Palestinian doctor’s tragedy prompts plans for women’s college in GazaBMJ 2010; 340 doi: https://doi.org/10.1136/bmj.c486 (Published 25 January 2010) Cite this as: BMJ 2010;340:c486
- Nathan Jeffay
- 1Tel Aviv
One of the most unforgettable events of last year’s war in Gaza was the killing by the Israel Defence Forces of three daughters of a Palestinian gynaecologist who worked in Israel but lived in Gaza and who was a long term supporter of Arab-Israeli coexistence (BMJ 2009;338:b213, doi:10.1136/bmj.b213).
Now Izzeldin Abuelaish has spoken to the BMJ to describe how he feels about last year’s events and what he is planning for the future. Revisiting Israel from his present home in Canada, he said that he thought his daughters’ deaths had been of crucial importance in ending the war. “The blood of my daughters was a price that saved others’ lives,” he said.
Dr Abuelaish thinks that the attack put Palestinian suffering higher on the Israeli and the international agenda and had an immediate effect. The next day Israel’s then prime minister, Ehud Olmert, announced a unilateral ceasefire. Israel has never said that the announcement was connected to his tragedy, but Dr Abuelaish is sure that it had an effect.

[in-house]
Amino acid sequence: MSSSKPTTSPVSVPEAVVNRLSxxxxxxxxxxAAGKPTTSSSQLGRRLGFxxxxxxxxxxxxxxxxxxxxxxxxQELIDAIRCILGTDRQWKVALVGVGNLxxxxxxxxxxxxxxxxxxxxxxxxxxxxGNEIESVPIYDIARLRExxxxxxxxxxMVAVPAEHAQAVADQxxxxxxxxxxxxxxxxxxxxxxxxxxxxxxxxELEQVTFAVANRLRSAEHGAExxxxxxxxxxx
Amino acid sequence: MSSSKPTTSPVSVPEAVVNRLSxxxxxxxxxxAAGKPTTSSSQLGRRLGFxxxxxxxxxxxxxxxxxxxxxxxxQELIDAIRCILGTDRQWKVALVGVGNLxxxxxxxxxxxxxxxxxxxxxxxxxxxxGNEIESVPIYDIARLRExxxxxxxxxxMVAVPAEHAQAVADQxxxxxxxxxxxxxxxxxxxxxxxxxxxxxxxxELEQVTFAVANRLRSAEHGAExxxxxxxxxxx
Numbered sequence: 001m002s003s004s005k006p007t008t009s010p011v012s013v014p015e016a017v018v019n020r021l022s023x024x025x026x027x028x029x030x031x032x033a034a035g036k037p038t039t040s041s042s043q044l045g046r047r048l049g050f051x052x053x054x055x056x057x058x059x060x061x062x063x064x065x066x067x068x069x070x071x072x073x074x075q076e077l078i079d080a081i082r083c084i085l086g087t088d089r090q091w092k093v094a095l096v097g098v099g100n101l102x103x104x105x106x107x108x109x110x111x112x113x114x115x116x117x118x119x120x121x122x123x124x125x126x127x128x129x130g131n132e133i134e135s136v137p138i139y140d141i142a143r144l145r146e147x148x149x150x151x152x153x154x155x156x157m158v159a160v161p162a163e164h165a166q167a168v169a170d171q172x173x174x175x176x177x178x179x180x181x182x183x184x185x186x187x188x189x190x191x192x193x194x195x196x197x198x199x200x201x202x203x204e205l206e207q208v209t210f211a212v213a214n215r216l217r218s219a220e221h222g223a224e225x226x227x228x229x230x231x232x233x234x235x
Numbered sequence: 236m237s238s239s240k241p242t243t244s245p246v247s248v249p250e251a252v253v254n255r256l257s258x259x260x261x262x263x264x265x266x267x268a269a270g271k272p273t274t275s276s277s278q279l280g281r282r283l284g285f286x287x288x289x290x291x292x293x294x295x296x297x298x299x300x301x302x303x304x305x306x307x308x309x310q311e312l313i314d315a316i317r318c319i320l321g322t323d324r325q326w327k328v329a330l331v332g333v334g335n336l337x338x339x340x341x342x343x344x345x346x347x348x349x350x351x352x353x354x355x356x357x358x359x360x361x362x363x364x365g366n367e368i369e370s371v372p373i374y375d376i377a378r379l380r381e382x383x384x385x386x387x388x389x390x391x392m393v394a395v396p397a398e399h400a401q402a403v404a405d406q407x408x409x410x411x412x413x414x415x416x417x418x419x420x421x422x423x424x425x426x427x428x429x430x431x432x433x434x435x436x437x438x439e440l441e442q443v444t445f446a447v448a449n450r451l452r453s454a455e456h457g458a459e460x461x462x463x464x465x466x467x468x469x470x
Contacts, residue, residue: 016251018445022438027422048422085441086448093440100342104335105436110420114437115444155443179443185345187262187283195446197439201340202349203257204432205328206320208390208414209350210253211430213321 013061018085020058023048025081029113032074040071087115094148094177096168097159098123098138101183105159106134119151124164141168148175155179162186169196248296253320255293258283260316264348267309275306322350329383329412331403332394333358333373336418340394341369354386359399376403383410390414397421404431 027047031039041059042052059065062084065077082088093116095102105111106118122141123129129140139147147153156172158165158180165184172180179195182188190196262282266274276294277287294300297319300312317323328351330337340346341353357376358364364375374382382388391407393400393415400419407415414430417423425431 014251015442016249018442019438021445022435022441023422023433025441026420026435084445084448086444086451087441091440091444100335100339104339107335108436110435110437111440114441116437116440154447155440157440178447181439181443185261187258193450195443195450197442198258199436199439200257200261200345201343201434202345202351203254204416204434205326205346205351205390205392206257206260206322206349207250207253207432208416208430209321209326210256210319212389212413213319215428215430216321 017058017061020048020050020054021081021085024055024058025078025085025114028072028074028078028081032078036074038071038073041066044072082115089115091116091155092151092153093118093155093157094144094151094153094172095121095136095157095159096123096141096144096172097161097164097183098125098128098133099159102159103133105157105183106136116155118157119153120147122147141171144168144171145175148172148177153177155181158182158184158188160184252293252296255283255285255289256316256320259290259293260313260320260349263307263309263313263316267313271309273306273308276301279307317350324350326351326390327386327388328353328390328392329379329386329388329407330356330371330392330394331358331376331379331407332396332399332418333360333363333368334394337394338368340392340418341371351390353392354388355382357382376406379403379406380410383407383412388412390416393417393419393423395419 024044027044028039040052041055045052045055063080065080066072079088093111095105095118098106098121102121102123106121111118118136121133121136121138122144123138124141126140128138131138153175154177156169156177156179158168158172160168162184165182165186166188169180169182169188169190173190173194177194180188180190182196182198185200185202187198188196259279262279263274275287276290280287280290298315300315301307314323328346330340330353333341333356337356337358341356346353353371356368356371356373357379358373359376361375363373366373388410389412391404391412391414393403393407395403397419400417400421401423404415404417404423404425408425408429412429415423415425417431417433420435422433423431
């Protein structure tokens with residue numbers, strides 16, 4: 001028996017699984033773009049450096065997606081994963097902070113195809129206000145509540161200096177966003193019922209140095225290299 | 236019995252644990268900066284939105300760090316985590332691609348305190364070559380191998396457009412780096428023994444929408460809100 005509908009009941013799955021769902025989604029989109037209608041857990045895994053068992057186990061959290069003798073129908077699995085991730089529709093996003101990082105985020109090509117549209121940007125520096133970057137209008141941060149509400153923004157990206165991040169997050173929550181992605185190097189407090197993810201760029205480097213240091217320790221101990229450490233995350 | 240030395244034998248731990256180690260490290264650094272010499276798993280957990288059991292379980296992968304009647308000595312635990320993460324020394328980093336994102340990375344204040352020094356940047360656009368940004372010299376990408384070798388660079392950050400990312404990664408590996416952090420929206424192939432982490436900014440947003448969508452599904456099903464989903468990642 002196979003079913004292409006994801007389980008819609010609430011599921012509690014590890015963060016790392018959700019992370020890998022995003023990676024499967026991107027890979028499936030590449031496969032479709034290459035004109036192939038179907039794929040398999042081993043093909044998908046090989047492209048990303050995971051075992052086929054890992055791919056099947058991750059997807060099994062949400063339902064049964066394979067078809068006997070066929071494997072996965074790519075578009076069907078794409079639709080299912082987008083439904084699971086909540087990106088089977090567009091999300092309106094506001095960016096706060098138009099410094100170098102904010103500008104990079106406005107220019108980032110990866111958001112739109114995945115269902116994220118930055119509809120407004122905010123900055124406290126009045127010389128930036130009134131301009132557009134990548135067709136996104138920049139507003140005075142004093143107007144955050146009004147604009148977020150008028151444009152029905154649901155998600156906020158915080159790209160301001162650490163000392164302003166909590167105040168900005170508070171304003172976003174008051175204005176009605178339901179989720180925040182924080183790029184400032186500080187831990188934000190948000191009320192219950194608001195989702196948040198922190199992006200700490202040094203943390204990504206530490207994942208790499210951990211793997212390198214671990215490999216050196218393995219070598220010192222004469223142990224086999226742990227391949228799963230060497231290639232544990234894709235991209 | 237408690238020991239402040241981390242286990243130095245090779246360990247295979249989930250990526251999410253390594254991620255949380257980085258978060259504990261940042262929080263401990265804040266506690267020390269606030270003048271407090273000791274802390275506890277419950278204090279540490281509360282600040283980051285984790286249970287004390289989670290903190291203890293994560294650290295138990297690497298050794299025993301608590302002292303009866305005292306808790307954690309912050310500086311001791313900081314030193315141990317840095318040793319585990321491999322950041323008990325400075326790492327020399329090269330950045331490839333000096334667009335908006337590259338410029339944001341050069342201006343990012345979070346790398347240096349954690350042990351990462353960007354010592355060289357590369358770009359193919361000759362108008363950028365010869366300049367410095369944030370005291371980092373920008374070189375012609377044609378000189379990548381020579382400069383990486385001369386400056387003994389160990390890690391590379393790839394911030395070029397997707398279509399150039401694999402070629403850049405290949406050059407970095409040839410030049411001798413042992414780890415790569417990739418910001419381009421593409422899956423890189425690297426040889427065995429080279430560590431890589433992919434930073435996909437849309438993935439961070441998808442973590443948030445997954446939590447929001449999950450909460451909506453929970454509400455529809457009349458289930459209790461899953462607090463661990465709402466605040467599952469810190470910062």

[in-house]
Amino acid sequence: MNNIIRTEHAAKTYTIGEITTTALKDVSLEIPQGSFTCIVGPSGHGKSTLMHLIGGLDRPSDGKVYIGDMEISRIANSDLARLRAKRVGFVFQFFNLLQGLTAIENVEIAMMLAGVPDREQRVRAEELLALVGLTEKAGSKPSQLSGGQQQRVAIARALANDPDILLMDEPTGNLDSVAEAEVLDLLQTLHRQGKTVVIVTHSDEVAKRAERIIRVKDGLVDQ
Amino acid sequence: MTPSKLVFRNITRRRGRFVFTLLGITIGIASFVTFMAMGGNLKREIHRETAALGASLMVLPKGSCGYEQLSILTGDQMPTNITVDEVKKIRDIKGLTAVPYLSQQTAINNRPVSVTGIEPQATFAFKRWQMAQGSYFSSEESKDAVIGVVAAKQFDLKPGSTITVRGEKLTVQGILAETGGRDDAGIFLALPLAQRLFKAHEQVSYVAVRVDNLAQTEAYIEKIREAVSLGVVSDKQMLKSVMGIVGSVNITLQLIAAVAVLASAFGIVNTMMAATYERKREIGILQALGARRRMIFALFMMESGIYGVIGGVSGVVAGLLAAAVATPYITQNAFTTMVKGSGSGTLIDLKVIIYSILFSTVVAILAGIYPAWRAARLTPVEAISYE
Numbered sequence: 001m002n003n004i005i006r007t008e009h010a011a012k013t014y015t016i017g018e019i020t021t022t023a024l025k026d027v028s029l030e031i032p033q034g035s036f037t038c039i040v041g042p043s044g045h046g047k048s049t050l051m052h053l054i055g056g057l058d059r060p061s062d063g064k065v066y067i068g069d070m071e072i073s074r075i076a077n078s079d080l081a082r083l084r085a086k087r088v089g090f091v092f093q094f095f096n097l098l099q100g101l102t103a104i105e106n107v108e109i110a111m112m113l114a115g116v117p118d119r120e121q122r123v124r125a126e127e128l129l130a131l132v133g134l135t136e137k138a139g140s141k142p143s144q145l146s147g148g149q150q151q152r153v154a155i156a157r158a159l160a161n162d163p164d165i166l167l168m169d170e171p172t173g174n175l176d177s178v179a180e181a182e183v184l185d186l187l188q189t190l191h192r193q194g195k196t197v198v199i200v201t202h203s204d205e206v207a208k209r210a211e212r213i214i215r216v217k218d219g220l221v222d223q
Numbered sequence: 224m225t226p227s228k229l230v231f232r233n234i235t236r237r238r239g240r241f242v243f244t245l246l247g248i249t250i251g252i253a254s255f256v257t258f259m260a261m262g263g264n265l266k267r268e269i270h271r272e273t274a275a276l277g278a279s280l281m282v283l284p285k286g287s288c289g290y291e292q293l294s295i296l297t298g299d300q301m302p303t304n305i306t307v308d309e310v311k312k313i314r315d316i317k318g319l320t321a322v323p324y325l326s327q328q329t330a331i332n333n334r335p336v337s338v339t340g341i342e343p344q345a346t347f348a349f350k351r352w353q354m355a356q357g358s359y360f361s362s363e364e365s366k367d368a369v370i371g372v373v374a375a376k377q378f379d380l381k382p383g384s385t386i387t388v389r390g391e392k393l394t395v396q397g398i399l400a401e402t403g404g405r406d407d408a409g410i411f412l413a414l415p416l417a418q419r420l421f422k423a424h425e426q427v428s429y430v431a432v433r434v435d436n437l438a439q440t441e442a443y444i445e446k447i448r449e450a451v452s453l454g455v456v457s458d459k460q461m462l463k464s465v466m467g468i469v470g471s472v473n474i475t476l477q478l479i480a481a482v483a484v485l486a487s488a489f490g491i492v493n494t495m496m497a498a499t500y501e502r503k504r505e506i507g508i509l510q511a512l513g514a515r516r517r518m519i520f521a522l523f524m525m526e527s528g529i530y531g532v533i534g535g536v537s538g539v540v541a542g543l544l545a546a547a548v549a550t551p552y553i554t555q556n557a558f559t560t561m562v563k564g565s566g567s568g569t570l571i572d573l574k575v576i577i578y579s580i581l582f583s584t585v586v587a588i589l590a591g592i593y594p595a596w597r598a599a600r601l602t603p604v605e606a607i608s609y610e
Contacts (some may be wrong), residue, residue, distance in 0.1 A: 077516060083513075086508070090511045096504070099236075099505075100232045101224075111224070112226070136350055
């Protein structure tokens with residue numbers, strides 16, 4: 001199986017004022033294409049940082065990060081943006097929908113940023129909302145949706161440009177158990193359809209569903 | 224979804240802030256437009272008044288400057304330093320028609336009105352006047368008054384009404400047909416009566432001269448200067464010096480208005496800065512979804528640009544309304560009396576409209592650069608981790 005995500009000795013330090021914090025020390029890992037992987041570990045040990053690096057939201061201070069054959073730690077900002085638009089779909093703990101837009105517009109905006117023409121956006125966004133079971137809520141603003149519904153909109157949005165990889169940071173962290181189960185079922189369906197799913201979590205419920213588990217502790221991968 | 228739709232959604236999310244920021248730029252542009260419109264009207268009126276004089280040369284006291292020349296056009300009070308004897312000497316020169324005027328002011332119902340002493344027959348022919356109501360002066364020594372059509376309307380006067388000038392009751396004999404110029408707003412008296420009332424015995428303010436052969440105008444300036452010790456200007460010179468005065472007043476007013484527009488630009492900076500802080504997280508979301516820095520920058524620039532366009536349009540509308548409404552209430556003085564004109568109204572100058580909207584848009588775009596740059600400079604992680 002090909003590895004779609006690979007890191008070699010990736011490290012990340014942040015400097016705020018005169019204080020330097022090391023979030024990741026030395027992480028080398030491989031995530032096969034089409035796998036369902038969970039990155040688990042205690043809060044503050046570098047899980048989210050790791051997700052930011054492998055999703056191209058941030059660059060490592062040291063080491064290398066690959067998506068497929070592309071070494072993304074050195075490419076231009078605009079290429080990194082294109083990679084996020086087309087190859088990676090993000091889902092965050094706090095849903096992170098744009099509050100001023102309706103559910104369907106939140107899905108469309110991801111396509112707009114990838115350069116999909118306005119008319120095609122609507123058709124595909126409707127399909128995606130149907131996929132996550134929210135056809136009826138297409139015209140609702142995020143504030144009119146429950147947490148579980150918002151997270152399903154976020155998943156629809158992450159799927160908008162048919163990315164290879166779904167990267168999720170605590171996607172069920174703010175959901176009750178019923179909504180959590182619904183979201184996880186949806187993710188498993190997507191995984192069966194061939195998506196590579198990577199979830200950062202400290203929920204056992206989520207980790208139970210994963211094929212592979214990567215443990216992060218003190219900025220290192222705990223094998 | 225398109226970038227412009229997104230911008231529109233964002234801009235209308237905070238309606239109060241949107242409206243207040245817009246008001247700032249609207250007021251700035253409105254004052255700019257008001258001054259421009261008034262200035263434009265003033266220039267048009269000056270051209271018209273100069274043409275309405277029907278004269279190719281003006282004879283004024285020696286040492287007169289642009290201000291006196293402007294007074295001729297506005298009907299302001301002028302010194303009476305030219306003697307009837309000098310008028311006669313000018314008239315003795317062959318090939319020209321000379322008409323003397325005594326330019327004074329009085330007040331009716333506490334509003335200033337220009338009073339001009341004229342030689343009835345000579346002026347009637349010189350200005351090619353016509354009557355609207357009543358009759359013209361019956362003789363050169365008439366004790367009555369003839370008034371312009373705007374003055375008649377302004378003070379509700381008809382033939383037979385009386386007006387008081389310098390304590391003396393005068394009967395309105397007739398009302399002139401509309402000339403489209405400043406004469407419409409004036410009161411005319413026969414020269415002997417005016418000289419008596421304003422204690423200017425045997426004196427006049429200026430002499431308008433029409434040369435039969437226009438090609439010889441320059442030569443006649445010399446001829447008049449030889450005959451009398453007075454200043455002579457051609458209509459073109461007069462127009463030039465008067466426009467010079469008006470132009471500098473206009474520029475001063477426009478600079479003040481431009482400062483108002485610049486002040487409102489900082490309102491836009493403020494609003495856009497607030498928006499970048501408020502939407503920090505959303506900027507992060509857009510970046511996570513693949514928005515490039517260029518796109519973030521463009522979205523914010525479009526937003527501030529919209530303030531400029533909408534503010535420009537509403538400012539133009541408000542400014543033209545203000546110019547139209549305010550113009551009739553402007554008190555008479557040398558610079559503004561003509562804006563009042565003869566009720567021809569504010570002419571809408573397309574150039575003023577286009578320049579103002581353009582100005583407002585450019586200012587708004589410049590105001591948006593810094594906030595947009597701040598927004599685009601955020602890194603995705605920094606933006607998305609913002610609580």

He said, “Olmert announced the unilateral ceasefire after he saw what happened, so it saved lives.” He has set up an international foundation in memory of his daughters to enable women in the Middle East to attend a liberal arts college, which he hopes to set up in Gaza.
He is planning to sue the Israeli Ministry of Defence in a case that may end up in Israel’s Supreme Court. Any compensation will go to his foundation.
On 16 January 2009 the world learnt of Dr Abuelaish’s tragedy in …